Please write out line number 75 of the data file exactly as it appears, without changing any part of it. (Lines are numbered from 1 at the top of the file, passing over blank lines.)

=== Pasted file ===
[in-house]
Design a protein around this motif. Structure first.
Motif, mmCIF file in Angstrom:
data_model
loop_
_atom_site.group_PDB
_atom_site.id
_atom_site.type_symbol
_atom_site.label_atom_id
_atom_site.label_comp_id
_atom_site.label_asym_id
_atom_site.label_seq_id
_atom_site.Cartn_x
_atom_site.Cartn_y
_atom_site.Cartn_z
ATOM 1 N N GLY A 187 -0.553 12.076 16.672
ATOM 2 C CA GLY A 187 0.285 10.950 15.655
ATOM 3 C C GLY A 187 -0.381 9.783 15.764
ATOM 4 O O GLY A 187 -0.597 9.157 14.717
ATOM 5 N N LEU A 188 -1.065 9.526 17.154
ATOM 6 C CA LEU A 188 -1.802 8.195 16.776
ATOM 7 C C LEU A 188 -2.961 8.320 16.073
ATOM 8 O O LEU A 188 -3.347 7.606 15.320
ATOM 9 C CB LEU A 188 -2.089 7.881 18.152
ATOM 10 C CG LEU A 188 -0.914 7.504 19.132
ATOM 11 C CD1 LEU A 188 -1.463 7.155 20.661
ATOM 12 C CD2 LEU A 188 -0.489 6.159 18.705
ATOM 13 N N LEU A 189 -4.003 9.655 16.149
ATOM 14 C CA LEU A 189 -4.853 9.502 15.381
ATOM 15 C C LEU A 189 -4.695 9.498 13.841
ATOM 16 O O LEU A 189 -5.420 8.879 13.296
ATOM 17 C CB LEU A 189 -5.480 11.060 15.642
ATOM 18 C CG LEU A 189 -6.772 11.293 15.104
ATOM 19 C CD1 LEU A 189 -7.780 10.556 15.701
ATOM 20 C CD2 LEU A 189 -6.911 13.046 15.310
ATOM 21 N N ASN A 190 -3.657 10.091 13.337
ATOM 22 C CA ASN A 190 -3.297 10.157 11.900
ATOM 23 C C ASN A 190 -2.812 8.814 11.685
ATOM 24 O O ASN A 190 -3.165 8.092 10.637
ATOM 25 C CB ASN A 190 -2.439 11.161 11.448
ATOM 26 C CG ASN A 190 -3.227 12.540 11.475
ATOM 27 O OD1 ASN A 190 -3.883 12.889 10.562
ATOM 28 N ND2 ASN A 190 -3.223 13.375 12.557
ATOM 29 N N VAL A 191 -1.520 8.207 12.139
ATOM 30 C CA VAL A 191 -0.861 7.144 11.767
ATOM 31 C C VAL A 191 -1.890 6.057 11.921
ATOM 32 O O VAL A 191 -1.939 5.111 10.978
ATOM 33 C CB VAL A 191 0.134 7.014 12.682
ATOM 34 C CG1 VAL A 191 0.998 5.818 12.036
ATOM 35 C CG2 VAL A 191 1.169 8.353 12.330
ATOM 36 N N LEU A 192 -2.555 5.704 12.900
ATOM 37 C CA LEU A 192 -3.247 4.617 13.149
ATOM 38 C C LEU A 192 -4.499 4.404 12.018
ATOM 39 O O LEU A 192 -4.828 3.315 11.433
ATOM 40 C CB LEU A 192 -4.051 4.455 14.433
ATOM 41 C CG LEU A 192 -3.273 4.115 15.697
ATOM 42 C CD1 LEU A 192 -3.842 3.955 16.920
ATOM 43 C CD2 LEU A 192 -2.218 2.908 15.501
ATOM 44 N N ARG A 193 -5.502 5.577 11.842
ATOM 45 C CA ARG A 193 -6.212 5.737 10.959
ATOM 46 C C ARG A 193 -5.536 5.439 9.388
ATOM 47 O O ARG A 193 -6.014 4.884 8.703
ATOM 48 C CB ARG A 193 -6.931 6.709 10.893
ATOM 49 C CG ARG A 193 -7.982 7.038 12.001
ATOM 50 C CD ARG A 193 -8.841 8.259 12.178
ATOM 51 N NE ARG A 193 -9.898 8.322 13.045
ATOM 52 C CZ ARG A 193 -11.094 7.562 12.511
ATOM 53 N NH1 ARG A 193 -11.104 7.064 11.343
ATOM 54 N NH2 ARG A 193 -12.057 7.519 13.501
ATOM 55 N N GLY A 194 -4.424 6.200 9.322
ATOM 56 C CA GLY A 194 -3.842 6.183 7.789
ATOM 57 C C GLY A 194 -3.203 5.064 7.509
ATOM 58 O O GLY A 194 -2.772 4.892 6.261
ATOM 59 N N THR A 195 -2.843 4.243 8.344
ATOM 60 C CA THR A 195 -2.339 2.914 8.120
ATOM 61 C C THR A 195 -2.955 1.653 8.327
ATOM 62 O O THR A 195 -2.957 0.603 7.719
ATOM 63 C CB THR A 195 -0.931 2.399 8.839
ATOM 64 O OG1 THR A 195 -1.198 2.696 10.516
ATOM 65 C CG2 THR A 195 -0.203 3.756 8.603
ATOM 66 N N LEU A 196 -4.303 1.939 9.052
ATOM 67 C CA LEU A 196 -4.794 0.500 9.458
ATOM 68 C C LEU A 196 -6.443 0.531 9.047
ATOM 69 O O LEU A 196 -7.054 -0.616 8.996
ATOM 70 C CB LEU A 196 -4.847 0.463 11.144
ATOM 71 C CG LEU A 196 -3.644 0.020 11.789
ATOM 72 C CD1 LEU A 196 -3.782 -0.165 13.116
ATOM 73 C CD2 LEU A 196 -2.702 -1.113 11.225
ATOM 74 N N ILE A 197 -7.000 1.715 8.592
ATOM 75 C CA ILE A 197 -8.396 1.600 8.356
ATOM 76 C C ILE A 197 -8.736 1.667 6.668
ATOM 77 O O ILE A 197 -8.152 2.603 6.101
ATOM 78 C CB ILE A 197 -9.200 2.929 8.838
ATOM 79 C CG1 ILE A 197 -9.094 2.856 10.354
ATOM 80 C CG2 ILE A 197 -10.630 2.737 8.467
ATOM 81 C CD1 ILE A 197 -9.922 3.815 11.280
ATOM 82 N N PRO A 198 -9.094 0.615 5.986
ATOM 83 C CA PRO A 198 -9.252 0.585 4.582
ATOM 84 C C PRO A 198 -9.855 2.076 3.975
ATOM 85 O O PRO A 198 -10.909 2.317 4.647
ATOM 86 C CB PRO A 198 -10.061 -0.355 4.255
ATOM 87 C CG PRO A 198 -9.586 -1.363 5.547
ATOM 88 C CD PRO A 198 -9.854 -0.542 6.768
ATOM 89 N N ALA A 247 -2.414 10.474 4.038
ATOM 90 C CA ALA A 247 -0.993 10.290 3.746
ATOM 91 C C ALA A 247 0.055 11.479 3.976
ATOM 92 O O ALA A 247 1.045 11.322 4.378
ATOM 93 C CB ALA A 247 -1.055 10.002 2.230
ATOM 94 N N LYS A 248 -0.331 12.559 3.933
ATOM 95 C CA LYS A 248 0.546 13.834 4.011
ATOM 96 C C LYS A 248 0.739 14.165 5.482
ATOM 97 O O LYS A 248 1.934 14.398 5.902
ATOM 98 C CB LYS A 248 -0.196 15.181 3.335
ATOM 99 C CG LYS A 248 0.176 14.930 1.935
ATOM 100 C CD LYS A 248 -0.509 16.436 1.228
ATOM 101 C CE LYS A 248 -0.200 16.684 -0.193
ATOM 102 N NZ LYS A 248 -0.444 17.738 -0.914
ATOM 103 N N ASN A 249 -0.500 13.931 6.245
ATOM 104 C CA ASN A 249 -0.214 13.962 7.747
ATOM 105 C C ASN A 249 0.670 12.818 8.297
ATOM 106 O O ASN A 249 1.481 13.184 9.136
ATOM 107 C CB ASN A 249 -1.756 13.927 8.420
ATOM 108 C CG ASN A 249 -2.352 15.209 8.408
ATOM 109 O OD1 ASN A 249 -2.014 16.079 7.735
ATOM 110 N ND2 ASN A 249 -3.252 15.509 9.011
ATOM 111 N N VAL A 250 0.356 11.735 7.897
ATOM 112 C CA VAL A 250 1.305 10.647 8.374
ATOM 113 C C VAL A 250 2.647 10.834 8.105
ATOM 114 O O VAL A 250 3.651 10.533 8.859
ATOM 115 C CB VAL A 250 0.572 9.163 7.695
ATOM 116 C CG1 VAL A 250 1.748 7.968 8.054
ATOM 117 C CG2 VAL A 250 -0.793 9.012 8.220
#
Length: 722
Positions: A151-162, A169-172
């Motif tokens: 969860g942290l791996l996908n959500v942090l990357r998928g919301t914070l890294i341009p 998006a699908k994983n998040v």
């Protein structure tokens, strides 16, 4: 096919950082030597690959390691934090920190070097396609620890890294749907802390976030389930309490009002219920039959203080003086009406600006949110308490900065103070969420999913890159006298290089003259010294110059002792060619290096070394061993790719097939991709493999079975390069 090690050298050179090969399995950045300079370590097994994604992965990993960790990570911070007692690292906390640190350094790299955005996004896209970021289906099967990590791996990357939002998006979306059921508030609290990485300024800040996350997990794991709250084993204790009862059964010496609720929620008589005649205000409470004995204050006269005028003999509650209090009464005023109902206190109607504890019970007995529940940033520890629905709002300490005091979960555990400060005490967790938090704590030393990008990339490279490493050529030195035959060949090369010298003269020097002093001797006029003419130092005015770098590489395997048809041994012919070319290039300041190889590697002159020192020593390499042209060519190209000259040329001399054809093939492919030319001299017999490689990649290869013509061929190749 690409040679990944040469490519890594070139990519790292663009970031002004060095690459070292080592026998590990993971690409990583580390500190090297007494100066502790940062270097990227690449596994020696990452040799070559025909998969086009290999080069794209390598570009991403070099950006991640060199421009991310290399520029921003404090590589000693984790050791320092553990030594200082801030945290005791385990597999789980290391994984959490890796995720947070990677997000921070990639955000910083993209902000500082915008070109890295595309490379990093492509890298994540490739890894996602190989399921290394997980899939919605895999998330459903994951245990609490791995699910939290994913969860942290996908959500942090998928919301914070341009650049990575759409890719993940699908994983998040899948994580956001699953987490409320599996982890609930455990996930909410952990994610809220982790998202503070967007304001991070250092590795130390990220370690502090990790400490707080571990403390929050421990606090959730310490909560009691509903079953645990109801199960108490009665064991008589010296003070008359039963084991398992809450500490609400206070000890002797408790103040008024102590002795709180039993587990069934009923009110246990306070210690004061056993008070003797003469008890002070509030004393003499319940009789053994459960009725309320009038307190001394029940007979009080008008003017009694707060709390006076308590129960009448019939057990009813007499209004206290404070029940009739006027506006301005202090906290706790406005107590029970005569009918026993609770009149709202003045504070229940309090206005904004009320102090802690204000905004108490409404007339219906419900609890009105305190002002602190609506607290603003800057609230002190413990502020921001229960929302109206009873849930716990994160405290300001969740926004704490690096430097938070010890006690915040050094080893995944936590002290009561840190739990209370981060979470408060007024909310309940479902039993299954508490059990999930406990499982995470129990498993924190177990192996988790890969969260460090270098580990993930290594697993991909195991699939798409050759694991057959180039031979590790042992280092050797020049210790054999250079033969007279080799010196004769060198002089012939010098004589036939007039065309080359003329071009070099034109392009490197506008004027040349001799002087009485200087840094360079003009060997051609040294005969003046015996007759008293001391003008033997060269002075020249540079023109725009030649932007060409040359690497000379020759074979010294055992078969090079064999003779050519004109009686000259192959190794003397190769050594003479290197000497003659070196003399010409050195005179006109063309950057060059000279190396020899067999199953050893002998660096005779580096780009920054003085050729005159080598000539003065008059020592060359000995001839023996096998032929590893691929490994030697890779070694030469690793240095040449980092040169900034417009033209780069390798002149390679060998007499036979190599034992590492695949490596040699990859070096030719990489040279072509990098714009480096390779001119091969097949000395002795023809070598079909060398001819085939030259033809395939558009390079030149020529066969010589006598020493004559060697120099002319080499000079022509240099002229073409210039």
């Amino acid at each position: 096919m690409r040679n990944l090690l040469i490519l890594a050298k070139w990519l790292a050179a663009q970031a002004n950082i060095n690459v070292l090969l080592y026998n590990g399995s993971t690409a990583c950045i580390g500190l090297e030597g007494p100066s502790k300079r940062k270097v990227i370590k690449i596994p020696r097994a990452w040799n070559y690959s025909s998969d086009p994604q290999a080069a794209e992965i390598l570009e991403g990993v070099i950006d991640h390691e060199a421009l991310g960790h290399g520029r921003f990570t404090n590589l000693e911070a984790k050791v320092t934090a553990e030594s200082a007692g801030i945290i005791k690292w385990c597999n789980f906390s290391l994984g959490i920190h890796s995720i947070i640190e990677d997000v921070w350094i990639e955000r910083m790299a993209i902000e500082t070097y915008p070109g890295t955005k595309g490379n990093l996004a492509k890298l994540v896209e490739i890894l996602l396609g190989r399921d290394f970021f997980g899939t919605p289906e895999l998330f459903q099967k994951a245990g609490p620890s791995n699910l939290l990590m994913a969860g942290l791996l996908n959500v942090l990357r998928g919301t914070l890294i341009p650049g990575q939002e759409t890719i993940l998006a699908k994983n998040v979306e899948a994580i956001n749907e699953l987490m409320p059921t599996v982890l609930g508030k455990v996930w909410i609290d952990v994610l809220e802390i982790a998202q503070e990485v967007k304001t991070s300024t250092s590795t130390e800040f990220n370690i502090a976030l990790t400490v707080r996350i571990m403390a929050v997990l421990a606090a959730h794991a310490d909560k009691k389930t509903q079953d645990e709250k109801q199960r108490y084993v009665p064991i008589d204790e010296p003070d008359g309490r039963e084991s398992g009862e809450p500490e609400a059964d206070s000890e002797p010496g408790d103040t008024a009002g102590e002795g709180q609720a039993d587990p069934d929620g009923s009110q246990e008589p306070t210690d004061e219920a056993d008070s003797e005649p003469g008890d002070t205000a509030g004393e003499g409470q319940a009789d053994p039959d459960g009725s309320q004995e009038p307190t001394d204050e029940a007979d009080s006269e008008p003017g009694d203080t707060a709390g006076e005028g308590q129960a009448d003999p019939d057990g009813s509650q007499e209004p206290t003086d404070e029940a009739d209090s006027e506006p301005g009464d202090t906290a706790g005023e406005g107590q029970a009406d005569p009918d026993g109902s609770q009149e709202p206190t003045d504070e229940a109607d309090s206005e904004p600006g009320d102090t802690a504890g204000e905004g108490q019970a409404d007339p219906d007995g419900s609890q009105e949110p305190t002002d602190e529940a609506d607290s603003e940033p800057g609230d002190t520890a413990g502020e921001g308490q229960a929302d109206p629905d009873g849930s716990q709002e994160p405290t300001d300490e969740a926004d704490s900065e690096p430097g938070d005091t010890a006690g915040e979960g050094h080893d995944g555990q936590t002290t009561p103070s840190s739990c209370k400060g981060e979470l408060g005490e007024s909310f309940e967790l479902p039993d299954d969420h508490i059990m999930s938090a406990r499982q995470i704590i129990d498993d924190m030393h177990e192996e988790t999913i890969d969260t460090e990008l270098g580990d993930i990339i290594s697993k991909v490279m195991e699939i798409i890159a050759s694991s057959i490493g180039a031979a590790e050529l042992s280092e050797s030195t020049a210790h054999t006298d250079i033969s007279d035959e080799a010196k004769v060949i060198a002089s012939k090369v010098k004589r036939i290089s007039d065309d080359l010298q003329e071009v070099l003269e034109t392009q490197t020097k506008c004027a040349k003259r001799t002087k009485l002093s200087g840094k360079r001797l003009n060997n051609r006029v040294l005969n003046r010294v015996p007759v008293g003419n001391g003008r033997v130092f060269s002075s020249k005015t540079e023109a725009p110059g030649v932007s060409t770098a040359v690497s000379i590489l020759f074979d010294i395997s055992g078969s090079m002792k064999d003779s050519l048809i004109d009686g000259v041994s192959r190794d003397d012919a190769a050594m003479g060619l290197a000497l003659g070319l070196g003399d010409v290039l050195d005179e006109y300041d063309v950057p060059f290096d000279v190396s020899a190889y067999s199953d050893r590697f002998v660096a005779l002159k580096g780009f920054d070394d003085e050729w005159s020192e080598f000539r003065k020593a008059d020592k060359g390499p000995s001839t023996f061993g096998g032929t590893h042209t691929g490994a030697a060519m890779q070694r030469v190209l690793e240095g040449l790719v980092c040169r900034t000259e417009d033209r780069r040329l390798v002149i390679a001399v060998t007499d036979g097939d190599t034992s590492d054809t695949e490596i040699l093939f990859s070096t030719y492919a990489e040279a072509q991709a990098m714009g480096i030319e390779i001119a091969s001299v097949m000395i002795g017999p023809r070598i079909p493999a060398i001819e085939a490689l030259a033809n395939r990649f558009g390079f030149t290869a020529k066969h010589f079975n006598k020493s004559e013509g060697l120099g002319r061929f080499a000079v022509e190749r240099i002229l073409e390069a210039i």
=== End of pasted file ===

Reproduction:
ATOM 60 C CA THR A 195 -2.339 2.914 8.120